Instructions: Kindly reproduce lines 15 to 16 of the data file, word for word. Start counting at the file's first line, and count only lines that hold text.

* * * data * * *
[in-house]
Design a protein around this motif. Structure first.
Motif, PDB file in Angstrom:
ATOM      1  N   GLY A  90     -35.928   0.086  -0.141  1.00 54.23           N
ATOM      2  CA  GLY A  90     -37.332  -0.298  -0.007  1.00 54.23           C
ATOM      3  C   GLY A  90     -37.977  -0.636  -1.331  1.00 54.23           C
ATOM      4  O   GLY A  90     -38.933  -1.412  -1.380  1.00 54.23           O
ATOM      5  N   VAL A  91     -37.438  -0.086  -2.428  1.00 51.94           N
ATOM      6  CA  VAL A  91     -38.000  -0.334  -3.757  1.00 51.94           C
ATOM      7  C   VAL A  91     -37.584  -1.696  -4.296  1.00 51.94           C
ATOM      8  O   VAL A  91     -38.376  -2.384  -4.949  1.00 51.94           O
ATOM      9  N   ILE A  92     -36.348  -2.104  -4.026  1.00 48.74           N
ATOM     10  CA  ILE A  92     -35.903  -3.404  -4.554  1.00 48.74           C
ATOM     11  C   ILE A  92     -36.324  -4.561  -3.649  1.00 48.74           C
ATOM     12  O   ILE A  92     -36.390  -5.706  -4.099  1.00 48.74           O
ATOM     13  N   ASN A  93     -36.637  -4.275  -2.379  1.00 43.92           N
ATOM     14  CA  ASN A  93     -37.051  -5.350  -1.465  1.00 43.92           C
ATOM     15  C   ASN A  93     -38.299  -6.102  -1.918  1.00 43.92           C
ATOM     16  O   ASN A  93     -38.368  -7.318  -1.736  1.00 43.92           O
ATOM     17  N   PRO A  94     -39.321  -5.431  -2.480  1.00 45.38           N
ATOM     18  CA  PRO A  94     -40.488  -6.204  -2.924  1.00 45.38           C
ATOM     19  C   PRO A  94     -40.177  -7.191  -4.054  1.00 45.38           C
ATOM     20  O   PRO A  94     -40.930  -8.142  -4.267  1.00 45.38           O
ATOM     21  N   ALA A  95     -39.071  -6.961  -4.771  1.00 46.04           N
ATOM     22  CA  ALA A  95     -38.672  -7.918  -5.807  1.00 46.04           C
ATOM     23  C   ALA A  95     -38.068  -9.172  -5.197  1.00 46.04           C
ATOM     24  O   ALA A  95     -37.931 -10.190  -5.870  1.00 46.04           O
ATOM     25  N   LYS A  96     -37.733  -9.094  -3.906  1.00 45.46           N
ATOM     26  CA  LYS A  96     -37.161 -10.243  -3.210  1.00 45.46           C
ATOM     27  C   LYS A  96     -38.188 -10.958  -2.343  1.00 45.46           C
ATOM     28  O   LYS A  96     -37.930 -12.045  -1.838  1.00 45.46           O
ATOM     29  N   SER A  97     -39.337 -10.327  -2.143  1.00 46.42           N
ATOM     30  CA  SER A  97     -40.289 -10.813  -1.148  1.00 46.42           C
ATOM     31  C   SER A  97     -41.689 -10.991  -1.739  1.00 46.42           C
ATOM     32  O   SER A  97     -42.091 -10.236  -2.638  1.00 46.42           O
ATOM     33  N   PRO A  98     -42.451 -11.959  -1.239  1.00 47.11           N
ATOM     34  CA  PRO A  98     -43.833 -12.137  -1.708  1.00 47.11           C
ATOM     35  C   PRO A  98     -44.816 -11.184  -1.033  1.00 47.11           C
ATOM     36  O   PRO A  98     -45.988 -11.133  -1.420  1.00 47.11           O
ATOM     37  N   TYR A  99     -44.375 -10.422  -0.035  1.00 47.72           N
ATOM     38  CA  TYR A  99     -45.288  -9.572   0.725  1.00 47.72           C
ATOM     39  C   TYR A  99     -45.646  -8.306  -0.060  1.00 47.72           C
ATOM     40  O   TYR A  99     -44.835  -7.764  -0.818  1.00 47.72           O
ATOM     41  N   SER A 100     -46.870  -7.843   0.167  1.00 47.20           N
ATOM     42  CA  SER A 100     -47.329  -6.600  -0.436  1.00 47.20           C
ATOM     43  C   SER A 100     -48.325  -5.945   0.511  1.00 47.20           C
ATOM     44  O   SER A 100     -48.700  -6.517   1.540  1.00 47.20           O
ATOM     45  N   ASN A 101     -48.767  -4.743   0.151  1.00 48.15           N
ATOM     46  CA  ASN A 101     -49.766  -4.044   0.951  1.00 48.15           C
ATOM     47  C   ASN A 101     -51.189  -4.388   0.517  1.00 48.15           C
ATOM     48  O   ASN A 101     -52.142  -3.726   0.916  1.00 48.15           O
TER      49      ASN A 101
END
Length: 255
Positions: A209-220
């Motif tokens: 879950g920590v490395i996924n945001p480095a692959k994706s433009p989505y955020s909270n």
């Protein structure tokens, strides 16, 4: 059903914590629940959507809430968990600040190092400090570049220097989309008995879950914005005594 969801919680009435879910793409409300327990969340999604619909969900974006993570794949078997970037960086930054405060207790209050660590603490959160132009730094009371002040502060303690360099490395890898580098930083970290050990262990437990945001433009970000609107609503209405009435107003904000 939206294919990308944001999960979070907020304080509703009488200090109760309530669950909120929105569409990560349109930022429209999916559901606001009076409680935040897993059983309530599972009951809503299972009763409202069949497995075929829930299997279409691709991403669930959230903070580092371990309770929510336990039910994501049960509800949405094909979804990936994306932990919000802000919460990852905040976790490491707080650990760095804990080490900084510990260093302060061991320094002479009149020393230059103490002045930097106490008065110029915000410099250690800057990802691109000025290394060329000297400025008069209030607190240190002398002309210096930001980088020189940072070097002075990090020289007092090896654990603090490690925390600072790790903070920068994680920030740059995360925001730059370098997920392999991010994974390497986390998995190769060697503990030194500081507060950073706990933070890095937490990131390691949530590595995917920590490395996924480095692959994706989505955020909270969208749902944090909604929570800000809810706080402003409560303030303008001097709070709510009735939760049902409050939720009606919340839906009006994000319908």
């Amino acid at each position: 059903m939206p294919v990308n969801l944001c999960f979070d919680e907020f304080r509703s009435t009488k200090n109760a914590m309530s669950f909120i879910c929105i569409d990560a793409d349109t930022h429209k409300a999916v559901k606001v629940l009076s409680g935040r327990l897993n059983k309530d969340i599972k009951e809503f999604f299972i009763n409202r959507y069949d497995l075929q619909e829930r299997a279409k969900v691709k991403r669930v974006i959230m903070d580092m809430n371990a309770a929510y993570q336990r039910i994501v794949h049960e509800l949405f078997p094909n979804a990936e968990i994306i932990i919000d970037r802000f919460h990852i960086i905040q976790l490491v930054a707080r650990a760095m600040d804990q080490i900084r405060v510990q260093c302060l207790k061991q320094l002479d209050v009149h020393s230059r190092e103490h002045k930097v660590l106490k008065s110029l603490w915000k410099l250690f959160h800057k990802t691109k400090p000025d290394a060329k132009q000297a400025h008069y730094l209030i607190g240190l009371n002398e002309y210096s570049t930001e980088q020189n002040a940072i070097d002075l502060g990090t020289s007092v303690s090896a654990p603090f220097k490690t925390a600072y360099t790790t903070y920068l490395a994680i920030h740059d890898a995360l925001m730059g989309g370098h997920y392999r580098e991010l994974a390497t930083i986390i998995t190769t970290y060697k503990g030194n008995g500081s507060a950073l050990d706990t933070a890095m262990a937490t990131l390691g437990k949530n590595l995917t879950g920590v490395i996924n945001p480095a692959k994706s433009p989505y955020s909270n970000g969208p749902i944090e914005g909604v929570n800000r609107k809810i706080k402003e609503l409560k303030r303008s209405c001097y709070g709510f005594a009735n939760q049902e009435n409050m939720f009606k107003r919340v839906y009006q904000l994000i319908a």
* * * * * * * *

ATOM     12  O   ILE A  92     -36.390  -5.706  -4.099  1.00 48.74           O
ATOM     13  N   ASN A  93     -36.637  -4.275  -2.379  1.00 43.92           N